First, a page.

Twins

How Depth Has Set the Minnesota Twins Apart in the AL Central Race

Photo credit: Brad Rempel (USA TODAY Sports)

A 60-game season was bound to be zany. So far, so good for the Minnesota Twins.

Really any MLB season has the potential to be wild, though.

In 2018, the Twins made a bunch of moves that seemed sound at the time — signing Lance Lynn, Logan Morrison, Fernando Rodney and Addison Reed as well as trading for Jake Odorizzi — but could never get out of their own way on the downward spiral to a 78-84 season which got manager Paul Molitor fired.

But the best way to protect against that wide range of potential outcomes is to build the best and deepest roster with the resources at one’s disposal.

And as it has been noted a few times in this space, the Twins did exactly that.

And so far, it’s what’s set them apart from the rest of the class in the American League Central.

From the outset, it was pretty obvious the Twins had the talent to be the class of the division. Sure, Cleveland had the pitching and the White Sox had some young, splashy prospects ready to make some noise on the south side.

But Cleveland has seen struggles is in the outfield, where they came into Thursday’s action with an MLB-worst .149/.256/.222 slash line (34 wRC+). Their starting staff has been terrific, with an MLB-low 2.59 ERA — but that’s going to be tested with Mike Clevinger and Zach Plesac demoted to the alternate training site for the near-term future, at minimum, due to their COVID-related indiscretions in Chicago.

Cleveland’s bullpen is also pretty good — 2.63 ERA coming into Thursday (third in MLB) — but it isn’t without some instability. Brad Hand has been a bit volatile on the back end — though effectively counterbalanced by modern-day Wild Thing James Karinchak — and some of the lesser-known entities have pitched well in the early going, though that is by no means a guarantee to continue. Adam Cimber and Phil Maton have really stood out, but certainly are not household names.

Basically, their offense is carried by Francisco Lindor, Jose Ramirez and Carlos Santana — and Lindor isn’t particularly hitting at the moment. Franmil Reyes — Cleveland’s answer to Eddie Rosario — has picked up the slack, but this isn’t a team that’s going to be known for offense.

They’re dead last in the AL with a .640 team OPS.

And while it’s against sputtering Detroit — who has lost its last nine games in a row — this weekend will be a test for Cleveland’s starting depth, as they’ll send Adam Plutko, Triston McKenzie and Carlos Carrasco to the mound. That’s not exactly going to make anyone forget about Clevinger, Trevor Bauer or Corey Kluber, but it also lines them up to start Aaron Civale, Shane Bieber and Plutko against the Twins.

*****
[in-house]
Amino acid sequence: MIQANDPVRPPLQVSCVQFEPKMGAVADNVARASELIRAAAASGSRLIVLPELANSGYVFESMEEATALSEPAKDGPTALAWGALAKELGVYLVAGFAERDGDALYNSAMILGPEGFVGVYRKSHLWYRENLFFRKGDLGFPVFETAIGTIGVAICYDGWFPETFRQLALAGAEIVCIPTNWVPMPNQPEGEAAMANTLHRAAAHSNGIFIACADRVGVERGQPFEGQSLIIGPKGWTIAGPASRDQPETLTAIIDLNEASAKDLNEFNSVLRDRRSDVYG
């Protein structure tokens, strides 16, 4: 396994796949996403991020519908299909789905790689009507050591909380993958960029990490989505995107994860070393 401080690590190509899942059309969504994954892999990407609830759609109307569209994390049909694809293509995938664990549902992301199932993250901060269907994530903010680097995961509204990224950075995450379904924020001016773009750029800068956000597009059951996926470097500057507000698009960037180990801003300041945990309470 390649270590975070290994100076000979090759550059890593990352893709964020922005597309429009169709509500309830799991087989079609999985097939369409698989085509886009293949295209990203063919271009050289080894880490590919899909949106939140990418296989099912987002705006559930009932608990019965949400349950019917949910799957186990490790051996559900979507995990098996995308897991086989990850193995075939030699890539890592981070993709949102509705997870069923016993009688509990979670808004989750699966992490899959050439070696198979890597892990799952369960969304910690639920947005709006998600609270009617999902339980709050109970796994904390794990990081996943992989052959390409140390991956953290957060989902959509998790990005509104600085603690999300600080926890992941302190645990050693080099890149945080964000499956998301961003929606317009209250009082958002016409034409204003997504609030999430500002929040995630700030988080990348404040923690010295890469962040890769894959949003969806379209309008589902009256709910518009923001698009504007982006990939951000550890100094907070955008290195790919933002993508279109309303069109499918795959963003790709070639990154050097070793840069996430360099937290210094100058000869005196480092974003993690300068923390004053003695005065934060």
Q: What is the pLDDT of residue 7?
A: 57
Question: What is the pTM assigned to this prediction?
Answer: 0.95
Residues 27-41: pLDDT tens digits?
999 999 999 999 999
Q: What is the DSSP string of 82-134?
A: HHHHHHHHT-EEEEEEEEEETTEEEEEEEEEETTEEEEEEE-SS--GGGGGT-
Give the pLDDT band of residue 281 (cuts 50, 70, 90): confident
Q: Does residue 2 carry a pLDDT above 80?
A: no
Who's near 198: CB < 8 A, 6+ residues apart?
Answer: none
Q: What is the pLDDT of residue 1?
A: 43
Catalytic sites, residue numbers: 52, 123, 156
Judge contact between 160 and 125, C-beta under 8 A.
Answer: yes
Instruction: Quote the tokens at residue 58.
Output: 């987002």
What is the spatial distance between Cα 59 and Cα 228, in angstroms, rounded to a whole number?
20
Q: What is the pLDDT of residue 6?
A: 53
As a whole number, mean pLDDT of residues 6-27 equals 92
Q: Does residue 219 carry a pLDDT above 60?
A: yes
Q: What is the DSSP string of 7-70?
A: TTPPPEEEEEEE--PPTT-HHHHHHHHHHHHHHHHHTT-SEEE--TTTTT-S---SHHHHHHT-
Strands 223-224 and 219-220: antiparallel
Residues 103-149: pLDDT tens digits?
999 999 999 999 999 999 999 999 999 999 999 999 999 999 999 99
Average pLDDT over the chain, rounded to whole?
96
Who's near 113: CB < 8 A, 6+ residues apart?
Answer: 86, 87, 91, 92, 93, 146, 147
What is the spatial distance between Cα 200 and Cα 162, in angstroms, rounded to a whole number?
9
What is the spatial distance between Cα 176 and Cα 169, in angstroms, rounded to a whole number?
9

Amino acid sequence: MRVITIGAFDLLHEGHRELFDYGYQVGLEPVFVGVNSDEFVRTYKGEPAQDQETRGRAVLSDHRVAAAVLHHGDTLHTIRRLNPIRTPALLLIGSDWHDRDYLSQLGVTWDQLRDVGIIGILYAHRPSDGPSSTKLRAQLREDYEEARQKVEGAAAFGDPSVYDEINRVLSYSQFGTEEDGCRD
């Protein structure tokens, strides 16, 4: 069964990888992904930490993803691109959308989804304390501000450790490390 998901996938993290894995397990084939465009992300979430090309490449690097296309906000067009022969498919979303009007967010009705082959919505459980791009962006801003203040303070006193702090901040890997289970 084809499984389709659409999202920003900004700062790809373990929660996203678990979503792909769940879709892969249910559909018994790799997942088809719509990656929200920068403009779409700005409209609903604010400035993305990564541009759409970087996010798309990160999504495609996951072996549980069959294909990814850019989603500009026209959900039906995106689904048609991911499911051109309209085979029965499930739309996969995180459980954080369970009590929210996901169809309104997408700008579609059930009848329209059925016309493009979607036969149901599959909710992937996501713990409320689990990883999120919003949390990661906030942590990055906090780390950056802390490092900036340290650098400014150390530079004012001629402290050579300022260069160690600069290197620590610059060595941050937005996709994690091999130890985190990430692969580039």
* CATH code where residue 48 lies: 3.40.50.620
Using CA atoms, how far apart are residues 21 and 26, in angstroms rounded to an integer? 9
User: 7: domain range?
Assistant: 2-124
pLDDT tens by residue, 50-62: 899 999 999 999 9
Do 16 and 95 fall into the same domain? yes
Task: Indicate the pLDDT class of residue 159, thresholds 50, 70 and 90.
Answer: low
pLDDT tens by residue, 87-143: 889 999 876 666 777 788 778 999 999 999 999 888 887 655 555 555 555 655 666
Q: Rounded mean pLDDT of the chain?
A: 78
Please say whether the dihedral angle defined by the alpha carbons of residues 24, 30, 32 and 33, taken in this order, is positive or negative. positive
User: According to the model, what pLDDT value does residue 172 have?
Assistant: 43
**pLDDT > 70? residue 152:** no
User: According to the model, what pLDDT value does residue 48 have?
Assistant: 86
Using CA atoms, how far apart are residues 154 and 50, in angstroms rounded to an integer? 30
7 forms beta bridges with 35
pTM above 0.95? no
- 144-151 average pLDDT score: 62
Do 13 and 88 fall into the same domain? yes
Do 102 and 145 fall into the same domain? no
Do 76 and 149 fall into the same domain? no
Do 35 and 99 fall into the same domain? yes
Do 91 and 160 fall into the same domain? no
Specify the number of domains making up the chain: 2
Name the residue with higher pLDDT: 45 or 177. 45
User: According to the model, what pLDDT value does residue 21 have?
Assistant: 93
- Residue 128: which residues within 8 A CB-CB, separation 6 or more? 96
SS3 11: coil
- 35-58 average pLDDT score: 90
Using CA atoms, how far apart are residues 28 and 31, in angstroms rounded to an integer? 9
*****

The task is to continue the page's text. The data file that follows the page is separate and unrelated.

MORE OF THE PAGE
That’s about the best they can line up outside of swapping Plutko with Carrasco. This should be a good measuring stick for if the Twins can really add some separation between themselves and the rest of the division.

Chicago’s issues are more glaring — as former Baseball Prospects South Side editor Nick Schaefer noted in a series of tweets recently:

At a glance, the rotation and bullpen have been OK. The rotation is 12th in ERA and the bullpen is 11th.

But the issue, as Schaefer so aptly notes, is the methodology in roster building. About 15 years ago, this was called the “stars’n’scrubs” approach and it was, as it says, building a team around a few stars.

And to be fair, Luis Robert looks like a star already. Tim Anderson won the batting title last year. Yoan Moncada is a terrific infielder. Beyond that, Jose Abreu, Eloy Jimenez and Yasmani Grandal all have the ability to be slightly above average or more at their positions. In the case of Grandal, more like one of the very best at his position — though he hasn’t exactly produced at the plate yet.

But the team had a fair amount riding on the promotion of Nick Madrigal, which lasted all of five games before he separated his shoulder. Jimenez has tantalizing raw physical tools but is also a lot like Rosario when the game speeds up on him (i.e. iffy outfield play, limited plate discipline).

Nomar Mazara is a former top prospect and he’s largely been invisible. The only player on the bench doing anything is James McCann, and he’s largely blocked by Grandal — though they’ve shouldered the load more evenly than one might expect to this point.

Edwin Encarnacion has been a few steps behind Nelson Cruz up until now when it comes to defying Father Time, but through 16 games the 2020 season has been a real struggle. EE has hit .179/.246/.411 with only 10 hits in his first 56 at-bats, and at his age — it’s his age-37 season — it’s always possible he’s creeping toward the end of the line.

Beyond that, their rotation has some serious question marks. Lucas Giolito hasn’t been himself yet, but should round into form. Dallas Keuchel has been fairly good, but is striking out no one and is probably more of a No. 3-4 starter than a true No. 2 right now. Gio Gonzalez hasn’t looked particularly good, and Dylan Cease has been more smoke (3.16 ERA) than fire (6.14 FIP). Carlos Rodon has given them almost nothing, and beyond that it’s been one start from big-time prospect Dane Dunning and a couple appearances from Matt Foster in the rotation.